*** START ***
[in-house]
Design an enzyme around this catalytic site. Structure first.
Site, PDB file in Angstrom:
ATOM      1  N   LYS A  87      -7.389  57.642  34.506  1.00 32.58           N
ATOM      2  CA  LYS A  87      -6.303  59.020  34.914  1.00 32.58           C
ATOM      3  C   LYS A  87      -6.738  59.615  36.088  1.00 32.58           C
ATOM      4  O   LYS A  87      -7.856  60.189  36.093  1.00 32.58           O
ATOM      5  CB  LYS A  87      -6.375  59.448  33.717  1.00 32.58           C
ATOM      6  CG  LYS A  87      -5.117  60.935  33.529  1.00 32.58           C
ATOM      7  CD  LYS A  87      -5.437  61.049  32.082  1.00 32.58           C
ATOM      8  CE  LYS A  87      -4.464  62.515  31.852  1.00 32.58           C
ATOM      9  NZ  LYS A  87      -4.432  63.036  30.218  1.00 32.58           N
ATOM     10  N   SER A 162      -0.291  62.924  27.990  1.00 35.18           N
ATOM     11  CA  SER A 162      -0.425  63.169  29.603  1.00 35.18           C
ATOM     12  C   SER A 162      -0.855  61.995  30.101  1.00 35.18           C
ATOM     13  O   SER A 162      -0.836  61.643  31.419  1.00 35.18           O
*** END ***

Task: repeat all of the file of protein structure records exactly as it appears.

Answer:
[in-house]
Design an enzyme around this catalytic site. Structure first.
Site, PDB file in Angstrom:
ATOM      1  N   LYS A  87      -7.389  57.642  34.506  1.00 32.58           N
ATOM      2  CA  LYS A  87      -6.303  59.020  34.914  1.00 32.58           C
ATOM      3  C   LYS A  87      -6.738  59.615  36.088  1.00 32.58           C
ATOM      4  O   LYS A  87      -7.856  60.189  36.093  1.00 32.58           O
ATOM      5  CB  LYS A  87      -6.375  59.448  33.717  1.00 32.58           C
ATOM      6  CG  LYS A  87      -5.117  60.935  33.529  1.00 32.58           C
ATOM      7  CD  LYS A  87      -5.437  61.049  32.082  1.00 32.58           C
ATOM      8  CE  LYS A  87      -4.464  62.515  31.852  1.00 32.58           C
ATOM      9  NZ  LYS A  87      -4.432  63.036  30.218  1.00 32.58           N
ATOM     10  N   SER A 162      -0.291  62.924  27.990  1.00 35.18           N
ATOM     11  CA  SER A 162      -0.425  63.169  29.603  1.00 35.18           C
ATOM     12  C   SER A 162      -0.855  61.995  30.101  1.00 35.18           C
ATOM     13  O   SER A 162      -0.836  61.643  31.419  1.00 35.18           O